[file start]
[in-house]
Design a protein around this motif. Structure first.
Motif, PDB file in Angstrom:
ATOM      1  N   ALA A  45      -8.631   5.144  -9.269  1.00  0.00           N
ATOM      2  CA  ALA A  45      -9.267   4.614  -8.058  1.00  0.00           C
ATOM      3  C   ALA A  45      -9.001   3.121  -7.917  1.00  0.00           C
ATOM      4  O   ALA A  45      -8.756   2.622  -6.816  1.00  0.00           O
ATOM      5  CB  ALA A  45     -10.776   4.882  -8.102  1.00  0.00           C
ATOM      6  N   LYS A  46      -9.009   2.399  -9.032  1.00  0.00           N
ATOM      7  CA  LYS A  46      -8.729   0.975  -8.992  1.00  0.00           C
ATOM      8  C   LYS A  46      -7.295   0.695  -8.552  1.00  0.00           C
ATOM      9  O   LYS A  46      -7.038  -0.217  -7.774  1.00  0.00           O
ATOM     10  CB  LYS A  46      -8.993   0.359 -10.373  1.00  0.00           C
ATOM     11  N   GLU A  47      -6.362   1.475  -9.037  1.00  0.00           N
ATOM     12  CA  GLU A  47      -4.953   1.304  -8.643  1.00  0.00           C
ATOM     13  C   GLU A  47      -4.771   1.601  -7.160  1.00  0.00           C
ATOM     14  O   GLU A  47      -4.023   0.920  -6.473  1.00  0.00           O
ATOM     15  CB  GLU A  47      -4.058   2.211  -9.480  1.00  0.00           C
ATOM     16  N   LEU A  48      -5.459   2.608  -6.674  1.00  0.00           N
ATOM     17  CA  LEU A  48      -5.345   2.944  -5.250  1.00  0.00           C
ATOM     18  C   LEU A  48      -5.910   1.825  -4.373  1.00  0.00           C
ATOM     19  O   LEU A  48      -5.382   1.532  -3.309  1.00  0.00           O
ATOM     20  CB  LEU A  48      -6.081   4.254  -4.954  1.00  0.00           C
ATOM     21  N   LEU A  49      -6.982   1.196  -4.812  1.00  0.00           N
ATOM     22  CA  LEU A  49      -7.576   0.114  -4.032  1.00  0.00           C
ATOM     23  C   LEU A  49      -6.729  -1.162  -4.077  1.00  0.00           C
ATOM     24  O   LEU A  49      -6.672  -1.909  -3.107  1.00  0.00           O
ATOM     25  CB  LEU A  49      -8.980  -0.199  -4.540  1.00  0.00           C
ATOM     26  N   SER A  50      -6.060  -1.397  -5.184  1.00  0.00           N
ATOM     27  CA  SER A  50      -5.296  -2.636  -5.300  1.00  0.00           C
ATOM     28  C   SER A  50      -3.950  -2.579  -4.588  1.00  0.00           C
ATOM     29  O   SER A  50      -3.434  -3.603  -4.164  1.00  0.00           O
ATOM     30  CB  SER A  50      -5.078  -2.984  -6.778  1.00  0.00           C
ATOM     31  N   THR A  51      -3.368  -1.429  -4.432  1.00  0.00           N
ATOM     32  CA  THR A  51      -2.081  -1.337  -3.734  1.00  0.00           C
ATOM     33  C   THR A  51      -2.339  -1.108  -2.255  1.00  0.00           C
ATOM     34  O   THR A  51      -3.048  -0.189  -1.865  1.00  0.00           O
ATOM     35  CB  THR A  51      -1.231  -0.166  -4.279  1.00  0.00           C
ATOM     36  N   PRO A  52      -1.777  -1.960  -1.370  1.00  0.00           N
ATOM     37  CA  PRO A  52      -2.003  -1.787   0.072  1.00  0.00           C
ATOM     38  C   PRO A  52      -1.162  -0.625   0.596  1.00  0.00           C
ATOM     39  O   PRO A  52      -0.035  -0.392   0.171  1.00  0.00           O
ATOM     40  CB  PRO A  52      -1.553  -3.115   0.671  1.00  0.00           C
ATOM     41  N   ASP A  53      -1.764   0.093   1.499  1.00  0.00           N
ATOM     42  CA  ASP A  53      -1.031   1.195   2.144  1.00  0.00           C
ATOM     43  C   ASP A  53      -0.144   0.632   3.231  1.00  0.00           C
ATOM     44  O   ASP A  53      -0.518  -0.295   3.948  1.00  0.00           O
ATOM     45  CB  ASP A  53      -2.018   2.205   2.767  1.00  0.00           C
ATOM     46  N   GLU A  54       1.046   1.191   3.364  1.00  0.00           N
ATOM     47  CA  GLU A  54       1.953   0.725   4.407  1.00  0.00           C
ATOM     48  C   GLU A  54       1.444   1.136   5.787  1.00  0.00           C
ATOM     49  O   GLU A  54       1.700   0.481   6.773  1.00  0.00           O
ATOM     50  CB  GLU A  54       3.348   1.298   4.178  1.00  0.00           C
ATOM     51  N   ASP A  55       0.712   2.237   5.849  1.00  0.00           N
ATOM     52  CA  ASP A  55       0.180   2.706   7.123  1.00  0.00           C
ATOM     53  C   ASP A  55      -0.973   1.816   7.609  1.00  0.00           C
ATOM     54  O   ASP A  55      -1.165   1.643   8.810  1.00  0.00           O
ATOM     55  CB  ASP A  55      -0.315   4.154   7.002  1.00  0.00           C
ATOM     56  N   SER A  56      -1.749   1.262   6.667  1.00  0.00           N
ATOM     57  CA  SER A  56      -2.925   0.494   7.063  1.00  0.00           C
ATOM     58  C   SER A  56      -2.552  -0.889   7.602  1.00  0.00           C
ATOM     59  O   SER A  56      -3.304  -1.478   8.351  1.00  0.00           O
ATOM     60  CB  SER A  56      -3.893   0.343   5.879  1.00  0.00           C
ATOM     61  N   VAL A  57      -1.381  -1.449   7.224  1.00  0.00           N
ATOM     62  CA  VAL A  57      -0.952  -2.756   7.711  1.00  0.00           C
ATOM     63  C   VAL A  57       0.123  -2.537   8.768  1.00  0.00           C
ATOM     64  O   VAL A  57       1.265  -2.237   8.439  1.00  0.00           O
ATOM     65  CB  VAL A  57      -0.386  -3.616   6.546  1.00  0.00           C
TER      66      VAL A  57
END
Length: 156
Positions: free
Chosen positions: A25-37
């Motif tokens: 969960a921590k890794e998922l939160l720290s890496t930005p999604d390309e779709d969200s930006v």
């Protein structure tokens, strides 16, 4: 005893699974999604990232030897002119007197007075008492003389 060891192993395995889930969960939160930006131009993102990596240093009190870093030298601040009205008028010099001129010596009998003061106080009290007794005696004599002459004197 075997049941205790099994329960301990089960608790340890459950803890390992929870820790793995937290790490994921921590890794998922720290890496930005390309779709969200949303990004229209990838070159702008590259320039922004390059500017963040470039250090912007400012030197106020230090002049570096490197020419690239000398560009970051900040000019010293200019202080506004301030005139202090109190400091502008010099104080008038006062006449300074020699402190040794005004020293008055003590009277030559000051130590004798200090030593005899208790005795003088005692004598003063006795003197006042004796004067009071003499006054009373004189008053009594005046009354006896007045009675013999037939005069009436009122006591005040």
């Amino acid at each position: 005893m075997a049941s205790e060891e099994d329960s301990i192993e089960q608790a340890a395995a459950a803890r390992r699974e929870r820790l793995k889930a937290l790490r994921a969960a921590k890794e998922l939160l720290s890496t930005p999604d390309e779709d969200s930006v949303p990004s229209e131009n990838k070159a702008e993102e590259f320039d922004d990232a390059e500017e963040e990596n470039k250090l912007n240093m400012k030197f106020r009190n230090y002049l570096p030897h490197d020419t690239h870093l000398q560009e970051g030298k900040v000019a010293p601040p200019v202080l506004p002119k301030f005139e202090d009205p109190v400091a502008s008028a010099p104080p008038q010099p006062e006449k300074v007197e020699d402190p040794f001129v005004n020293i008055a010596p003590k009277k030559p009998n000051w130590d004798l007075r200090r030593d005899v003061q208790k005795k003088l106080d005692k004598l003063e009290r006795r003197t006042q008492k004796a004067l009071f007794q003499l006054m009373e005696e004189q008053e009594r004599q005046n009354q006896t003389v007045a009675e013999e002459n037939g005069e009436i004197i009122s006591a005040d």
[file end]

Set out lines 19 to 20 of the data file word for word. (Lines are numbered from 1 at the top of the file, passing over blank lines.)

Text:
ATOM     16  N   LEU A  48      -5.459   2.608  -6.674  1.00  0.00           N
ATOM     17  CA  LEU A  48      -5.345   2.944  -5.250  1.00  0.00           C